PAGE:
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Olajumoke Adenowo: The architect who wants to build Nigeria a good name

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Smog. That is not a word. It’s two words masquerading as one. Smoke and fog:smog. Smog is a portmanteau word. Like Romcom, like shopaholic, like Brunch. In regular terms, a portmanteau is a sturdy luggage in which you might haul an assortment of possessions. This story, however, isn’t about bags. It is about Olajumoke Adenowo, and the reason I speak of containers and bonded words in a narrative about her is that she reminds me of them. It is why we might say, with all due respect of course, that the famous Nigerian architect, Olajumoke Adenowo, is a portmanteau of capabilities.

As you read this, perhaps you’re inclined to argue that, wait, isn’t Ms Adenowo a 52-year-old big name who has been in private practice for 27 years? How does that make her a member of The New Establishment? If you thought that, your perceptive inclination would be fair.

Yes, compared to every tech, fashion, art, finance, music, entrepreneurship, and showbusiness person so far analysed in this series, it wouldn’t be totally unthinkable to consider her a part of the previous guard. She has indeed been around the block a few times.

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Adenowo was raised on the monumental campus of the Obafemi Awolowo University by parents who were both fêted professors — dad (Prof Olatunji Oloruntimehin) was of history and mum (Prof Olufunmilayo Oloruntimehin) was of sociology. At 19 years old, a perspicacious Olajumoke received her architecture degree from the university where her parents were employed.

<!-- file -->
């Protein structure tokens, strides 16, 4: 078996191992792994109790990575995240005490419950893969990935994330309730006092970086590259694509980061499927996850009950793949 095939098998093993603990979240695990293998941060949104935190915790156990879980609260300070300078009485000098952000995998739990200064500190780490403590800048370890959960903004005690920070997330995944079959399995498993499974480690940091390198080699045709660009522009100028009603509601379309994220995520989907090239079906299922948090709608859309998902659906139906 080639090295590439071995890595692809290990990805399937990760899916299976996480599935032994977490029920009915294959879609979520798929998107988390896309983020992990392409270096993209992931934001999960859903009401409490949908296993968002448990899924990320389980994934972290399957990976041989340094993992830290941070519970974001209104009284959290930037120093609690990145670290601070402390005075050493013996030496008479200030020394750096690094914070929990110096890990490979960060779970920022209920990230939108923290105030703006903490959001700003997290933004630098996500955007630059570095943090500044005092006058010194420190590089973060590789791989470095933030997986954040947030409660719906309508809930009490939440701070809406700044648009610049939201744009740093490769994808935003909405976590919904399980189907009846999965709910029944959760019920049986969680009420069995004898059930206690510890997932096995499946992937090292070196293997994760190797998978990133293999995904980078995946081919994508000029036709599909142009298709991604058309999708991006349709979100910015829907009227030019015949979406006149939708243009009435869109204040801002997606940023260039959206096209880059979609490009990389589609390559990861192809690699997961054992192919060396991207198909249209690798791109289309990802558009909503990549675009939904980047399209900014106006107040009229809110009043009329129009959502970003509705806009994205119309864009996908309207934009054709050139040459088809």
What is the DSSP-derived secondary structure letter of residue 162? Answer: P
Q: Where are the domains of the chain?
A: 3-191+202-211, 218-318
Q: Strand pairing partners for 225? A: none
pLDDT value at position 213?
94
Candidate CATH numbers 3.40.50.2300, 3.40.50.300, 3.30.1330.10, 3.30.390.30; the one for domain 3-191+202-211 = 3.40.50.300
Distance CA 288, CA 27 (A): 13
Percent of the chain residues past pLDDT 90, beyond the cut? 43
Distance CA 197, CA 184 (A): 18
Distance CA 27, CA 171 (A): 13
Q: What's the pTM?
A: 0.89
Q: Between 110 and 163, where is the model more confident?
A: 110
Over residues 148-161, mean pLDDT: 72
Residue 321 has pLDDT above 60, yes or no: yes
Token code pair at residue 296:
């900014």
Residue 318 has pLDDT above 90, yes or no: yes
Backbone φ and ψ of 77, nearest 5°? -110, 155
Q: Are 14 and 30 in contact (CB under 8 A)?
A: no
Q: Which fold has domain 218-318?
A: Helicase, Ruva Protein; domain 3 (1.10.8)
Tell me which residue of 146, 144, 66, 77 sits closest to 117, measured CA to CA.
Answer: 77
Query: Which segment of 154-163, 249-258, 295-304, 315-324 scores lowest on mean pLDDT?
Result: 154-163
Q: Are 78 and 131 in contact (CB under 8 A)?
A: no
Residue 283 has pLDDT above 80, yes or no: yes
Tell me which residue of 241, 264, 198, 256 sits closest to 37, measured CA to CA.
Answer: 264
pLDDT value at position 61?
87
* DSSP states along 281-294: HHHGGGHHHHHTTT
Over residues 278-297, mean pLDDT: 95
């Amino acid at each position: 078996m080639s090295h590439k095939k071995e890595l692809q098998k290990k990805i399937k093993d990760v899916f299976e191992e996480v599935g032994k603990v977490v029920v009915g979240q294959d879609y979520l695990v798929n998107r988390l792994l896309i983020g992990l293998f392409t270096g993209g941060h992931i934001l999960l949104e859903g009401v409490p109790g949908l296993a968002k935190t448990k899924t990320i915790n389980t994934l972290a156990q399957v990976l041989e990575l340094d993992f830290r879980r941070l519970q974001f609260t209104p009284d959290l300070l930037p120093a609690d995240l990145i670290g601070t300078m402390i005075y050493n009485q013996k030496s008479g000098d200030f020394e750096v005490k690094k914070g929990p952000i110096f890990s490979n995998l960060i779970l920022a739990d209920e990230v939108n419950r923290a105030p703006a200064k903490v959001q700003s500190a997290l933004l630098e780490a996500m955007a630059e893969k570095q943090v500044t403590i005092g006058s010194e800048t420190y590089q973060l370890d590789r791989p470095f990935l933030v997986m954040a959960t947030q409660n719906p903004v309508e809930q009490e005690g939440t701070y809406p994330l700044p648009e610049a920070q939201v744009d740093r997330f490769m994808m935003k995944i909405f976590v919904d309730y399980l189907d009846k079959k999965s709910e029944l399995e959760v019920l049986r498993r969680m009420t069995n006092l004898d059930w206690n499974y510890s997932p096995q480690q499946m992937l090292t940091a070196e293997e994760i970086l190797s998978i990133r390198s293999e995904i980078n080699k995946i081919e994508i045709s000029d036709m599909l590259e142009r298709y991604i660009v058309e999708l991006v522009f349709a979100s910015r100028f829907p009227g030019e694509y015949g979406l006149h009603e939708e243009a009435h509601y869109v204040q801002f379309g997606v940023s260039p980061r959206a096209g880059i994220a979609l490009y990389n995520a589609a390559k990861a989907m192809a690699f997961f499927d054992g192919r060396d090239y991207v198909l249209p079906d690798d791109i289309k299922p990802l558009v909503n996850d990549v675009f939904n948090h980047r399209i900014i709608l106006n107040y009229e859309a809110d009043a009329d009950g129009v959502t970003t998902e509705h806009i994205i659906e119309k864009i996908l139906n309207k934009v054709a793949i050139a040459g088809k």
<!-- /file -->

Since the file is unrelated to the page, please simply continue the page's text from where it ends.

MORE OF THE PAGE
Six years later, a couple of short but brilliant stints at Towry Coker Associates and Femi Majekodunmi Associates, and with precious work experience from such momentous projects as the Federal Ministry of Finance head office in Abuja, she launched out under her own banner. AD Consulting, the bespoke architectural and interior design company she founded, is the pillar upon which she’s now constructed her ginormous career.

Per AD Consulting’s self-reporting, their frequent private, frilly commissions aside, a number of the modern masterpieces you see around Nigeria are also products of the firm’s colourful imagination. Their work may now be mentioned in the same breath as some of the nation’s most fascinating buildings—the NNPC Towers, the International Conference Centre, Civic Centre, the Nigeria Senate Building, and the Lagos City Hall.

For instance, there’s the GTBank High Net Worth Individual Centre, the Guiding Light Assembly church complex, and the OAU (Obafemi Awolowo University) Senate Building. As any self-respecting architect is expected to say, AD Consulting suggests that each of these buildings doesn’t just deliver on its expected utilitarian purposes; it doubles also as an ambitious landmark, deserving of the pride its owners may bestow on it.

Beyond that, however, Adenowo would like her buildings to be remembered for stretching into four dimensions, rather than the natural three.

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“The fourth dimension is time,” she said in an interview with CNN. “Each space I design changes in time. I design lighting schemes in such a way that by night the building is a totally different entity from what it was in the morning. I design buildings in such a way that as you move through the space, you experience something new at every step.”

And, to her, exceptional architecture cannot simply be about plaster, wood, steel, and elevations. As the self-described polymath puts it, great architecture is about being a see-all, know-all—sort of a god.